State Supreme Court justices are considering the limits of Rob McKenna‘s power.
The attorney general’s authority is the subject of two cases that came before the court today for oral arguments. In one, Seattle City Attorney Pete Holmes has challenged McKenna’s participating in a challenge of the federal health care overhaul. In the other, Lands Commissioner Peter Goldmark is trying to force McKenna to continue to represent him in a legal case involving condemnation of state trust lands.
Twenty state attorneys general are suing over the health care bill. Among other arguments, they say the federal government doesn’t have the power to require everyone to buy health insurance.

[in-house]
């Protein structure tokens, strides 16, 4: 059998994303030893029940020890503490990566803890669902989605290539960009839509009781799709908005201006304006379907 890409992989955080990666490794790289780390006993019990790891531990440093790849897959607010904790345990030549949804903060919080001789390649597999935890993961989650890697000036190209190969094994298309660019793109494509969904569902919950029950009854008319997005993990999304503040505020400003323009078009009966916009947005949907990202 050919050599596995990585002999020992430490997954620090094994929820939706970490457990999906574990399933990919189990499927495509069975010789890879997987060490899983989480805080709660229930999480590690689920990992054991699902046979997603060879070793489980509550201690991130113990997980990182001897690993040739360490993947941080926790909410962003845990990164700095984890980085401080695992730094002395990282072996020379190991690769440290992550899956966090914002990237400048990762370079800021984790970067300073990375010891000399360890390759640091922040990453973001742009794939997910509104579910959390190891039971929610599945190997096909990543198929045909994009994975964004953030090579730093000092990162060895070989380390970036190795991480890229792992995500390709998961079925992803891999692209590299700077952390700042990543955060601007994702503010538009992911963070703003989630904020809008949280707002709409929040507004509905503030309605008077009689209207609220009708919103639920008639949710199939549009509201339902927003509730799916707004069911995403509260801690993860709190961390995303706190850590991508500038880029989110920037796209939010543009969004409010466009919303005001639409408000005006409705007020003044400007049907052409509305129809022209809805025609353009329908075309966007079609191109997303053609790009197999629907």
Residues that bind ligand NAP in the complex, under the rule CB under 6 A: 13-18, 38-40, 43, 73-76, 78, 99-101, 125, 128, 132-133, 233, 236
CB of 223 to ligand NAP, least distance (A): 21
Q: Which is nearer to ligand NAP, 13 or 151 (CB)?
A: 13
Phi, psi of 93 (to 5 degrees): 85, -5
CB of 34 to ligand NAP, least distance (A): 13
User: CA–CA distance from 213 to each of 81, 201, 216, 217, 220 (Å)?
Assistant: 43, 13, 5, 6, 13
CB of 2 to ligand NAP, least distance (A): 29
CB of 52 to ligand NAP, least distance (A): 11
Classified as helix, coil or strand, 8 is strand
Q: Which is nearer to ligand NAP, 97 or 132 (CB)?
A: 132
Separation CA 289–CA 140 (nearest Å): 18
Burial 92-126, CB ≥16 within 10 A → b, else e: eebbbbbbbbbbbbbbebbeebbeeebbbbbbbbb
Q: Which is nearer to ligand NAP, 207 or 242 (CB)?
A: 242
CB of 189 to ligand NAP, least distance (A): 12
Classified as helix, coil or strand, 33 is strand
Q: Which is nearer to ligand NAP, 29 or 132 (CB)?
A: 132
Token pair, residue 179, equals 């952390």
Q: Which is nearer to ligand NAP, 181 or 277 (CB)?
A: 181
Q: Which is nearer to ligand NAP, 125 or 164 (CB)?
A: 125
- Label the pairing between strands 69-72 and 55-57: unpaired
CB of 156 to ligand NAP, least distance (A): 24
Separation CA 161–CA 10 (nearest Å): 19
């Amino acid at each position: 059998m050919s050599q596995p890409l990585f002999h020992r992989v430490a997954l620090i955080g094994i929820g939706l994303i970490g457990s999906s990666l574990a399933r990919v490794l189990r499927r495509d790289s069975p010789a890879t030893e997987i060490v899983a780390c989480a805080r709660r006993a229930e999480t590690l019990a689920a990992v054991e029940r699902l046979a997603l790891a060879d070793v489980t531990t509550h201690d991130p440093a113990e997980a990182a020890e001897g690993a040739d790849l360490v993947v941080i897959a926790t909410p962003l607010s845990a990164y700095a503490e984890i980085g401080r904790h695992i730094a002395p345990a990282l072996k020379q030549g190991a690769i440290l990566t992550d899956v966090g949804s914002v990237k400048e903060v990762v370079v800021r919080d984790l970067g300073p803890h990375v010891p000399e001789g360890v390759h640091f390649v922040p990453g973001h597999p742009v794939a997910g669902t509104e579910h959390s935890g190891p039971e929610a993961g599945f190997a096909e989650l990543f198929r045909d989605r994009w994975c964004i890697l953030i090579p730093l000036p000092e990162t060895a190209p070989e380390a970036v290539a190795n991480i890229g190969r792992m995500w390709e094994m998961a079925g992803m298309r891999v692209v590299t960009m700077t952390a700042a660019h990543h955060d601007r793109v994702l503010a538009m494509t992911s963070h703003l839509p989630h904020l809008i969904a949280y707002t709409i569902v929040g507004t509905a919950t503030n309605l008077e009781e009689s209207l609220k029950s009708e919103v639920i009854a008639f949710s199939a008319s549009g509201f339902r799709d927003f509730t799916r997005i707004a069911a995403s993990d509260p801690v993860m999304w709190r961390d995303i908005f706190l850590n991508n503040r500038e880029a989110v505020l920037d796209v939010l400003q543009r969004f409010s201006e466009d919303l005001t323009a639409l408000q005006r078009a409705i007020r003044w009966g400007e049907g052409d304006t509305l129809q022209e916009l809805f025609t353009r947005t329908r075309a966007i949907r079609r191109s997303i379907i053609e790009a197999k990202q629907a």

McKenna isn’t representing any state official in the case, and Holmes says that’s the problem. No law allows Washington’s attorney general to strike out on his own and sue on behalf of the state, he says. McKenna’s lawyer today pointed to a law that says his job is to “represent the state.”
But justices may not end up deciding the scope of that authority, if their decision hinges on a more technical point. Some of them seemed skeptical that Seattle has legal standing to sue.
In the other case, justices seemed sympathetic to Goldmark’s argument that McKenna must appeal the case on his behalf. Some, including Chief Justice Barbara Madsen, noted that state agencies like Goldmark’s have no access to the courts except through the attorney general.